Furthermore, poaching is a huge industry that mainly exists because of greed! Moreover, I am not only talking about the poachers’ greed looking to make a living, but also the consumers!

Yes, there are people out there buying these products, and the high demand for such products is why poaching continues to exist! Additional contributing factors to poaching include the lack of laws or their reinforcement to counteract poaching.

An Example:

Let’s take as an example: the rhinoceros, an endangered species. The organization ”Save the Rhino” reported that about 1,200 rhinoceros were killed in South Africa in 2014 as a result of poaching.

Why? Because of the high demand for their horns! In many Asian countries, it is believed that the rhinoceros horns have medicinal properties, which is utterly false!

There are no scientific proofs to support this claim! Nevertheless, there is on the black market a high demand for rhino horns and people are willing to pay the price to get these horns! So, the poachers are more than happy to supply the horns!

Don’t put your heads in the sand! Many of you out there who are condemning poaching practices are, at the same time, the buyers of products derived from poaching!

My Final Thoughts

Well, the death of Cecil the lion was tragic. I do not believe for a second that the so-called professional hunting guides were all unaware that it was Cecil!

Moreover, they chased him out of the Hwange National Park, on privately owned land and killed him! Furthermore, they want us to believe that they had no idea that what they were doing was illegal!

Hopefully, the investigation will shed some light on what happened that day.

In the meantime, I hope that the international outrage brought up by the killing of Cecil will be put to good use. For instance, by looking for other ways apart from trophy hunting to finance the protection of endangered species as well as wildlife in general.

If you are looking to make a difference and you want to make a contribution to help, so that Cecil’s death would not have been in vain, click here.

Now I am sure that you must have an opinion that you are not indifferent to what happened to Cecil, or have thoughts about trophy hunting, poaching, or wildlife conservation. I would love to hear what you have to say, so please leave a comment below and let the discussion begins!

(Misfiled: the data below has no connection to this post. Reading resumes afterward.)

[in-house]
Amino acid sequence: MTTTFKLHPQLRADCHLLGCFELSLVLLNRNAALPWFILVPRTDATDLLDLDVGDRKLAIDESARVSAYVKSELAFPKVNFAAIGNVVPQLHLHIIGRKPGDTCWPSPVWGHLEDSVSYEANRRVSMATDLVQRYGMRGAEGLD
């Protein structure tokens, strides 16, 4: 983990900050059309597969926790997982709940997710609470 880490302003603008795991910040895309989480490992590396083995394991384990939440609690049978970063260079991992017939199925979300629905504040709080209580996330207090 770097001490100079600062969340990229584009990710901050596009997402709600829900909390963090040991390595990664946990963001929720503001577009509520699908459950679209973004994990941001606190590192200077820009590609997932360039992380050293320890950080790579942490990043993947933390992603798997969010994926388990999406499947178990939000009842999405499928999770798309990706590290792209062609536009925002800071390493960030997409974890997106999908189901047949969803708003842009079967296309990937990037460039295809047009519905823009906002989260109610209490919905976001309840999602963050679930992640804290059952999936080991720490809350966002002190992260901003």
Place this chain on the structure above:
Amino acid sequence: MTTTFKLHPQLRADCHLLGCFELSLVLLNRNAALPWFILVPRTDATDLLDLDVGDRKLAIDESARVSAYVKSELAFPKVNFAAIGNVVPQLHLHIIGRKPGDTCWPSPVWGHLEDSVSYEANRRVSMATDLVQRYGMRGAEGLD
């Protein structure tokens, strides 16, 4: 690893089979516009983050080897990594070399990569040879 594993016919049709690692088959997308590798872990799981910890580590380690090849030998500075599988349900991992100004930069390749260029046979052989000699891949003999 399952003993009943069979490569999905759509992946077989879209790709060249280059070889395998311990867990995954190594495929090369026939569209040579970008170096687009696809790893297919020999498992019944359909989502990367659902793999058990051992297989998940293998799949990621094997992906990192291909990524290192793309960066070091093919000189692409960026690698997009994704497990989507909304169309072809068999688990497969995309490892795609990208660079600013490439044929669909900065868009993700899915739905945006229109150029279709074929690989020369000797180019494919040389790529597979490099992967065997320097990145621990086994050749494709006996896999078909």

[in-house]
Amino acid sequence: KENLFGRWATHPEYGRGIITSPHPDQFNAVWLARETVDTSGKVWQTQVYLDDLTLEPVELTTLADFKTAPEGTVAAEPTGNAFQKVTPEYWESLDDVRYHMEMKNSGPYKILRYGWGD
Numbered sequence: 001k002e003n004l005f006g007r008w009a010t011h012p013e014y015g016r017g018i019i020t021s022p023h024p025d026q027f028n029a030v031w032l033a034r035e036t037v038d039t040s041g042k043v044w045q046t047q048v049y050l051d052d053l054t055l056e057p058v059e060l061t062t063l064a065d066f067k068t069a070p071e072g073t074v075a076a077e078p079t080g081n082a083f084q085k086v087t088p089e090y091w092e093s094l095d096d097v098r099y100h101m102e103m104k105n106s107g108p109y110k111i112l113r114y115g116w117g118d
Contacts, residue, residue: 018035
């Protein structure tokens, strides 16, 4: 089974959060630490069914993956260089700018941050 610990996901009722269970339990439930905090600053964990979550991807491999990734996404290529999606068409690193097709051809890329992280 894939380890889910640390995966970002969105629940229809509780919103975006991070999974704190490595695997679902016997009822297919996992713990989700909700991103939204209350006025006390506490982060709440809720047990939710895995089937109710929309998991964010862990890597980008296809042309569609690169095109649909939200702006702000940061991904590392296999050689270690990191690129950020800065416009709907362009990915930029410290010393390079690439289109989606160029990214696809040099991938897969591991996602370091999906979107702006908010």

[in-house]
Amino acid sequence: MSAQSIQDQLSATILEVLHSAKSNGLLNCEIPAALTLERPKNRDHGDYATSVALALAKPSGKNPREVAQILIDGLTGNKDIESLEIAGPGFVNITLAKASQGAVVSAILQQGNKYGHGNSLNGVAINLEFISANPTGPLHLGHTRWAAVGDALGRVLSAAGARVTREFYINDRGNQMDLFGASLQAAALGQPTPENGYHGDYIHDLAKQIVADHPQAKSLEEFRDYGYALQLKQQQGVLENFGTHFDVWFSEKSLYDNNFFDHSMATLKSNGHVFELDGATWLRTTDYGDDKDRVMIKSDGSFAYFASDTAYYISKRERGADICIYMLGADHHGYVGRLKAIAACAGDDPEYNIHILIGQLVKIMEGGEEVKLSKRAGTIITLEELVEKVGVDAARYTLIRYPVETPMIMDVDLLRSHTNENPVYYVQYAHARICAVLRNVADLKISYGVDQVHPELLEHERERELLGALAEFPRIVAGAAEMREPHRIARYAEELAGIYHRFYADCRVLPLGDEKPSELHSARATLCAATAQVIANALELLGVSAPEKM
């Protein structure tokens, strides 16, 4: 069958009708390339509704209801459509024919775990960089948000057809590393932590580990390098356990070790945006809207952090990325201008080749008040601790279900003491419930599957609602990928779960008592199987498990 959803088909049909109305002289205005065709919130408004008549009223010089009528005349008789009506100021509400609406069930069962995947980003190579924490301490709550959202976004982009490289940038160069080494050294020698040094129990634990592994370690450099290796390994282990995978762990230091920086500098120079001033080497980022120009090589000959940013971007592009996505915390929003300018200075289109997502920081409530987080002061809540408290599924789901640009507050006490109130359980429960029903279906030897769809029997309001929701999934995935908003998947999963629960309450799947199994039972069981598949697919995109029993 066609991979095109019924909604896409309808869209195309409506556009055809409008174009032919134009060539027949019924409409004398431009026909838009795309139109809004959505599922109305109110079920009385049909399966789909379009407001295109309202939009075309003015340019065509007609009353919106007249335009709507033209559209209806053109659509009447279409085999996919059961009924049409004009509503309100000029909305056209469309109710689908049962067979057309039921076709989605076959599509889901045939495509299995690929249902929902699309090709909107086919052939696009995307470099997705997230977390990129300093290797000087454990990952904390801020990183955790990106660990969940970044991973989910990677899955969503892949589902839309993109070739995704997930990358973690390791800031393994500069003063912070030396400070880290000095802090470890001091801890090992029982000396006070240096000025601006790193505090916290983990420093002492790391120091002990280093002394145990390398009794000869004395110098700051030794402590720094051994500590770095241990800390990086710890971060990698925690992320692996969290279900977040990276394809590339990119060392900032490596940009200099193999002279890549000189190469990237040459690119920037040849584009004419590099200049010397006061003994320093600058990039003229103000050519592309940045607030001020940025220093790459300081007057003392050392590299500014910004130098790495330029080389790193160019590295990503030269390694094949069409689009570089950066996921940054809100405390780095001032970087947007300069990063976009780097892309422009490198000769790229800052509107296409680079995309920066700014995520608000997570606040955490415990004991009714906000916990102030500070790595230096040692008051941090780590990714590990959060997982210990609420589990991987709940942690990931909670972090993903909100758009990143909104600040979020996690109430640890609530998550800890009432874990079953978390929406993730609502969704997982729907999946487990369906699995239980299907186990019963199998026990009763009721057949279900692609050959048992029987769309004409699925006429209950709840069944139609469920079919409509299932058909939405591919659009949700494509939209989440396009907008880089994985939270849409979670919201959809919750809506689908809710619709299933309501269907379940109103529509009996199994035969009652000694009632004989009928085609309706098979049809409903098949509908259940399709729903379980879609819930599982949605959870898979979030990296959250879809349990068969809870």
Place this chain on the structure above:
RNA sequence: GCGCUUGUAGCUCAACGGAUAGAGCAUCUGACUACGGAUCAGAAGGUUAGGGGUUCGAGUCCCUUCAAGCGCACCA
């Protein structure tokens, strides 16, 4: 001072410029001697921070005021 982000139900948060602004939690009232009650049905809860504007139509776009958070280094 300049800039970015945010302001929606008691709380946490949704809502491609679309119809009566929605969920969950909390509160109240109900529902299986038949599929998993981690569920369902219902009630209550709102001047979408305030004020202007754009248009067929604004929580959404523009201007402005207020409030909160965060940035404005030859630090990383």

Photo of author

Sonia Zannoni

My name is Sonia, a traveler enthusiast and the CEO of Wildlife Safari Adventures. My goal with Wildlife Safari Adventures is to provide insightful information to help you better plan your African travels. Are you ready to uncover the many facets of the Dark Continent?

10 thoughts on “Cecil of Zimbabwe, an Unknown Celebrity!”

  1. Hi Sonia,
    I contribute when I can to different organizations for the preservation of our most endangered species. These are wonderful organizations that try to help maintain what we have remaining. Unfortunately, there are those out there who would rather spend the money to hunt for their own pleasure, rather than try to use it for the future of these magnificent creatures. I find this so disturbing. This is a wonderful article, and I thank you for sharing.


    • If more people like you contribute to wildlife conservation efforts through donations, many African countries would not have to rely so heavily on trophy hunting as a source of revenue for wildlife conservation.

      Thank you for sharing your story.

  2. Hi Sonia,
    I do contribute to two charities for the amount of £10 each month. I wish that by doing so, this will help in the fight against poaching and stop the trophy hunting of any animals.

    Kind regards,

    • If more people were making donations to help finance conservation programs, many African governments would not resort to trophy hunting in order to save the wildlife from extinction!

  3. Hi Sonia

    I still can’t believe that these things go on in this day and age, when we are all ‘apparently’ better educated about animal welfare and the senseless killing of these animals.

    What an absolute load of rubbish that they had no idea what they were doing and what lion it was. In fact, the mere fact that they were there killing any lions, let alone Cecil, should be enough to cause outrage.

    I am so disappointed that it is hidden under the guise of wildlife conservation….what an absolute joke! 675 million dollars….what is wrong with these people? How can they possibly justify that what they are doing is right?

    Thank you for writing about this, and bringing it to my awareness.

    Best Regards

    • I also have a tough time believing that no one had no idea they were chasing Cecil the lion, the emblem and primary source of revenue for the Hwange National Park! I hope they find Walter Palmer and are held accountable for what he did, which wasn’t trophy hunting but poaching!

      • Hi Sonia

        I do believe that people’s bad behaviour does indeed catch up with them somewhere….karma….or whatever else it is named for the occasion.

        This too will happen for Walter Palmer also.


  4. To me, it’s contradictory and a bit ironic that the money from trophy hunting would go to wildlife conservation. Haha. Or am I off base? How exactly does the killing of animals in the wild contribute to conservation? Yes, it’s “generates” revenue, but the concept is flawed.

    Upon first hearing about Cecil, I was incredibly saddened. It kind of just leaves a hole in my heart, as mushy and cliche as that is. I used to love watching Planet Earth, and kind of formed a strange “bond” with these animals through watching them live and dwell in their habitat.

    Anyhow, $25 donated!

    Thanks for the well-written article..


    • You’re right, it’s strange that in order to preserve wildlife, you have to kill a few animals for the greater good!

      The killing of lions or elephants that are endangered species makes no sense because you are reducing their population and at the same time with the money generated by the permit fees, try to save them from extinction!.. I don’t see the logic either!

      The African countries should implement a tax on tourism and used that tax instead of trophy hunting to finance wildlife conservation!

      Thanks for your donation.